• colavitos_ghost

          Totes. Ha!

  • That Fork/Rack, wow.

  • Draw Imagine

    Love it! The relax geo, 8 speed, curved rear triangle, truss style rack, moose bars, brazed. Mmmmm….

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  • John Downing

    Hickey represent!

  • Justin Hughes

    As awesome as it looks, I’m skeptical of the long term reliability of the rack/headset interface. The rack collar is not flush with the headset top in the photo and this is not going to improve with touring use.

    • It’s just as flush as a stem would be and these kinds of rack / fork designs have long existed in the form of truss forks.

      • boomforeal

        can you point out any examples john? a google image search of “truss fork rack” only comes up with designs by this builder

        • What I’m saying is this truss rack is inspired by truss forks.

          • boomforeal

            that might be what you are saying, but its not what you said

          • happycatbasket

            “… have long existed in the form of truss forks.” That is indeed what he said.

          • boomforeal

            now that he’s edited his comment, that’s what he’s saying

            but john’s original, pre-edit comment, which i responded to, claimed that this kind of rack/fork design was well established and had been around for a while – which i don’t think is accurate

          • happycatbasket

            welp then, please disregard that snark. (:

          • boomforeal
    • boomforeal

      interesting. it’s hard to tell exactly how the rack collar works because the top tube bag’s strap is in the way. a close look at pic #10 shows that there’s a decent gap between the headset’s upper race/bearing cap and the upper cup on the back end. truss forks like jeff jones’ have collars above and bellow the headset and pinch bolts, special headsets, and detailed installation instructions; if this one’s collar is simply that, could be that weight on the rack would torque it forward, as the image suggests it has, loading the front of the bearing cap and causing problems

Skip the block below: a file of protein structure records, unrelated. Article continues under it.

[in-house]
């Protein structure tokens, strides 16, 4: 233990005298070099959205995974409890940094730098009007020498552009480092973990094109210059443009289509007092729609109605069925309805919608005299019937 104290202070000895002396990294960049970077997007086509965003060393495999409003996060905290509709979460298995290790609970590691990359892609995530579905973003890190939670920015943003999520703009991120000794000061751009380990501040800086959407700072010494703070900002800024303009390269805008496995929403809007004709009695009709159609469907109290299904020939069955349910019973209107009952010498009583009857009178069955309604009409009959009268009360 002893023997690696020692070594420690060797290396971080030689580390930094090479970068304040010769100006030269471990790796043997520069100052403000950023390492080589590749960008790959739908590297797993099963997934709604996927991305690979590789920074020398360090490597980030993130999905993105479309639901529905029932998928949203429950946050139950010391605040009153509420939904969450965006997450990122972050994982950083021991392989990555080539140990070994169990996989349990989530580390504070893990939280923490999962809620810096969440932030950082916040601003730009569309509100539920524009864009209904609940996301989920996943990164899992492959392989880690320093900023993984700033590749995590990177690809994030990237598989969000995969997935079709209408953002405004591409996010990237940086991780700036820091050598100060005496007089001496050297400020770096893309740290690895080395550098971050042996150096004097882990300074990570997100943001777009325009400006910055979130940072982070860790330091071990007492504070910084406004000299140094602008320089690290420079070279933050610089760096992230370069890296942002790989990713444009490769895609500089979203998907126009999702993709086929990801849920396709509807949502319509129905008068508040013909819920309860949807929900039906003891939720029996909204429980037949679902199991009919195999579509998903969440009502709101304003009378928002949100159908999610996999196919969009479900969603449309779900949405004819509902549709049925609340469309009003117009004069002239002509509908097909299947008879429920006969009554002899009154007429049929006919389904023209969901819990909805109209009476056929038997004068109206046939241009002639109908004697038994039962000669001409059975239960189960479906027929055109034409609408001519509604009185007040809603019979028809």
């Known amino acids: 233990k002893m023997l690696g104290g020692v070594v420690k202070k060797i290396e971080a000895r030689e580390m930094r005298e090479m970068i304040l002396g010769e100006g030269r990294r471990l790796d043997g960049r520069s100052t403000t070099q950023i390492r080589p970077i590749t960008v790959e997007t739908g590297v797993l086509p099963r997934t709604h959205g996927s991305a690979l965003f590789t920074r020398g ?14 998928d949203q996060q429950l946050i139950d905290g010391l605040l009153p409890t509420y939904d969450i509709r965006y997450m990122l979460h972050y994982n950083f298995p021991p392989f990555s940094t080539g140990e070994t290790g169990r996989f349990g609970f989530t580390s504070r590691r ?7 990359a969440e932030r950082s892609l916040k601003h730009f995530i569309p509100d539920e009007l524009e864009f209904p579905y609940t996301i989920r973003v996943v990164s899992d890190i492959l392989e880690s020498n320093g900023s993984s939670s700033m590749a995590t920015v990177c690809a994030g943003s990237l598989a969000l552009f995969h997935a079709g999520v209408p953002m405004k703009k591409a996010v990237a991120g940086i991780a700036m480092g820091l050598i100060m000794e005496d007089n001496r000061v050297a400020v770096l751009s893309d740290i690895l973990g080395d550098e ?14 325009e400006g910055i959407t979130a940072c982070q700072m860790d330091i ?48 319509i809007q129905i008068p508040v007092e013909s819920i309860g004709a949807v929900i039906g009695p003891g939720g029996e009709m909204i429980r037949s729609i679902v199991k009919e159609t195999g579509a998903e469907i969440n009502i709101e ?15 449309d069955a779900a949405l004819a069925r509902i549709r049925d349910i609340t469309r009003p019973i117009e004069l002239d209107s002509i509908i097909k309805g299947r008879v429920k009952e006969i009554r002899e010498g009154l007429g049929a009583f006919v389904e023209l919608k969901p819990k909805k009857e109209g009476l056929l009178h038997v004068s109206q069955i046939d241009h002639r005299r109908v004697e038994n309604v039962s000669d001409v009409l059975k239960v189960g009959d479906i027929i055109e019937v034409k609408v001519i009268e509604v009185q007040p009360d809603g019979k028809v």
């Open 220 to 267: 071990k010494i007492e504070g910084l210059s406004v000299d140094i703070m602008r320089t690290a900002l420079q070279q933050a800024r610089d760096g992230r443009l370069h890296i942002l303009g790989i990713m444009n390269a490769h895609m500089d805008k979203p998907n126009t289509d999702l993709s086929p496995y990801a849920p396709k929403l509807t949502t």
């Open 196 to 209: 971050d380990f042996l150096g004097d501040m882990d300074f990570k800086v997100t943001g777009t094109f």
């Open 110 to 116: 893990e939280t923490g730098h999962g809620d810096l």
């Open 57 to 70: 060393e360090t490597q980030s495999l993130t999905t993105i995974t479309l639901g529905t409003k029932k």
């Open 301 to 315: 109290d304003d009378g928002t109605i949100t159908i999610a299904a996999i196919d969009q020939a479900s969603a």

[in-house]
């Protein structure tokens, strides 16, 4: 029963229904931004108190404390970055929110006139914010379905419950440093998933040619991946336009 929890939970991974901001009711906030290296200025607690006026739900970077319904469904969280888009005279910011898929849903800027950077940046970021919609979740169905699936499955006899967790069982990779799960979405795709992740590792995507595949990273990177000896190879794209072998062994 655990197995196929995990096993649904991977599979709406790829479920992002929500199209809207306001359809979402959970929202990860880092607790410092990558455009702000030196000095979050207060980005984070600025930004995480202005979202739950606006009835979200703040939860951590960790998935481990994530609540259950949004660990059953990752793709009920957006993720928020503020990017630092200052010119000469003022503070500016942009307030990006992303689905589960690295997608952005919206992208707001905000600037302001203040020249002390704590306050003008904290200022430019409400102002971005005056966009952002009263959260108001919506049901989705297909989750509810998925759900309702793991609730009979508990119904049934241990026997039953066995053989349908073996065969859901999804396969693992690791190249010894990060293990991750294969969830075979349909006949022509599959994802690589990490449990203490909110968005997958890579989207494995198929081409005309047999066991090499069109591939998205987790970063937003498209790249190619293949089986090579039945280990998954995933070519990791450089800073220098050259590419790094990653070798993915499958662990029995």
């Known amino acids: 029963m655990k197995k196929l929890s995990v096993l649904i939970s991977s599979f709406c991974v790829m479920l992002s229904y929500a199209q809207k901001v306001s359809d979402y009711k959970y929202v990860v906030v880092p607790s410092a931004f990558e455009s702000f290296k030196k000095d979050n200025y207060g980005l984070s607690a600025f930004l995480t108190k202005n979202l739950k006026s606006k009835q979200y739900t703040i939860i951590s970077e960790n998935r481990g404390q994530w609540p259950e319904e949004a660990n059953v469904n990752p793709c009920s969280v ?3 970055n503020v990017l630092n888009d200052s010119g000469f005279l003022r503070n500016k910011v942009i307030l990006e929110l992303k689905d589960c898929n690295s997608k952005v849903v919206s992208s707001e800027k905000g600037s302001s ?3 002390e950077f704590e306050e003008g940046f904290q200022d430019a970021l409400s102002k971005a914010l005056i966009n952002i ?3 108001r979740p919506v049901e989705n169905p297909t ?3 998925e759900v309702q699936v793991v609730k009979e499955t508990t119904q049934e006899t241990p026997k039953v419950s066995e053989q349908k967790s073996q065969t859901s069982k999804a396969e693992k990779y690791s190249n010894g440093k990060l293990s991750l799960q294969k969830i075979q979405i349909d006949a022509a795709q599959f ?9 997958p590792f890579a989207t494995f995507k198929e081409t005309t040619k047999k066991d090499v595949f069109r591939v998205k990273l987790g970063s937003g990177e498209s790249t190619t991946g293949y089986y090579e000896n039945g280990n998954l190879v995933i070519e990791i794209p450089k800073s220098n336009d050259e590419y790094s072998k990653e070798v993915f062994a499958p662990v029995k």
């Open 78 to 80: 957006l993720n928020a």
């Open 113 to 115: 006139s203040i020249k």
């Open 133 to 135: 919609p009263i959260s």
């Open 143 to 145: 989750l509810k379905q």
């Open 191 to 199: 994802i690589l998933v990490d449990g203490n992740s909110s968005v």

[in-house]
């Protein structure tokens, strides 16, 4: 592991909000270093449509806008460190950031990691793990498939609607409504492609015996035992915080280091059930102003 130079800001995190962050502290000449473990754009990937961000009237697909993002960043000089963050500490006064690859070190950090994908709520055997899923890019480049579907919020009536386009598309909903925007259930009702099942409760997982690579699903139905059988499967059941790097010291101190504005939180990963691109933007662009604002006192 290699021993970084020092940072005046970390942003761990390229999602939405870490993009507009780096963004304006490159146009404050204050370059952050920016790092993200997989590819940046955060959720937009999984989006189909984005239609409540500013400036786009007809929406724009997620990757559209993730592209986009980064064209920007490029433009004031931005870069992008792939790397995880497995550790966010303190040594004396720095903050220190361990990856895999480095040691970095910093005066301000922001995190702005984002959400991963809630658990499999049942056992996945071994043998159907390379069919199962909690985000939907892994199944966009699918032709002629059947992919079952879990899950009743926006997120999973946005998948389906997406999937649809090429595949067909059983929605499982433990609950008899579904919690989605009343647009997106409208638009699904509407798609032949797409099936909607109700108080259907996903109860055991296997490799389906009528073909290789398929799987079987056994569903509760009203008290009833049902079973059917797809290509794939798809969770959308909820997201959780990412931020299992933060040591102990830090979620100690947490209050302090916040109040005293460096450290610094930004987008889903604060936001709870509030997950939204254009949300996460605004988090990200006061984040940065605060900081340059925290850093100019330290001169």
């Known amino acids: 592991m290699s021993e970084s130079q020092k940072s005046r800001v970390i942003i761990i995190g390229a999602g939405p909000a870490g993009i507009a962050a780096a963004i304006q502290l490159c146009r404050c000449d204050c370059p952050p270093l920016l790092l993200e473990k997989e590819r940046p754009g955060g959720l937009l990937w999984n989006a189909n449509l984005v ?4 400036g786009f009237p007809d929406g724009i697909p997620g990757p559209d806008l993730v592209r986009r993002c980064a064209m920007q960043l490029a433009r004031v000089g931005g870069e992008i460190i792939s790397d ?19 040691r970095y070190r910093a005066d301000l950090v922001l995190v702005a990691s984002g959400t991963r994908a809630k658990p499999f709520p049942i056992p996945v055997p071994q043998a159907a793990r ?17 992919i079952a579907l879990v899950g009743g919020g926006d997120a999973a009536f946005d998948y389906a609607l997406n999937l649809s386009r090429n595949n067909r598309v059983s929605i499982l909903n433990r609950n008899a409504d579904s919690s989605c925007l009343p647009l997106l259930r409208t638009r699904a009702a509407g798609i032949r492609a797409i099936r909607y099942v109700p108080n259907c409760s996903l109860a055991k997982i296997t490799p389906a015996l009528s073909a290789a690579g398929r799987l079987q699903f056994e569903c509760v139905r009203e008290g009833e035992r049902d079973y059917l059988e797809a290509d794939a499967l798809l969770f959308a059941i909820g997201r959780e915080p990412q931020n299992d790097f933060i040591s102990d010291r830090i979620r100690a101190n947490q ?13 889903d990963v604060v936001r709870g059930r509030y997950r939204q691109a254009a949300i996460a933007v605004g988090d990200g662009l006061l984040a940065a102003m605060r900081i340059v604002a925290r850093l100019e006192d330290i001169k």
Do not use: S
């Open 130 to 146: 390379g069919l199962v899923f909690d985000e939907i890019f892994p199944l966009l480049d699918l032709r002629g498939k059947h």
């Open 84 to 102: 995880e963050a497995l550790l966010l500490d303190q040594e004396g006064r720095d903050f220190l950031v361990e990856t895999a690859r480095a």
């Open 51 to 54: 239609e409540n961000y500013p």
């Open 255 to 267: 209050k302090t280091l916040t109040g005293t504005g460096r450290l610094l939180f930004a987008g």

• Raymond Walker

        jeesh… you dang internet bike detectives! ;-)
        Yeah photos were taken when the bike was built up for a day before flying out to AUS. I had just put the front rack back on & the headset upper wasn’t on straight resulting in the gap which was already corrected for when reassembled. No pinching, erryting on straight, etc.

  • Nate-o

    As previously noted: HICKEY!!!

  • Peter Chesworth

    Proper bike. Used. The truss fork acts as a decalleur. Happy travels up here in Oz. Will be nice to have some Crusts here too.

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  • ap

    What’s that rear derailleur ? Kinda looks like a de-ano’d XTR 952 ?

    • Raymond Walker


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  • kamaz

    love it! great design and ideas! parts mix-match etc. just brilliant and inspiring! thanks

  • Richard May

    …9 months later…I wanted to comment here as the maker when this was posted, but my technology would have none of it.

    I had a chance to revisit this bike recently and provide it with some upgrades, and to figure out what was causing that headset interface issue. Anyway I did a little write up on the rebuild if anyone’s interested. You’ll find it here:


    Thanks for the kind words and keen eyes!

  • Troy Marino

    Moustache Cycles now has a website: http://moustachecycles.com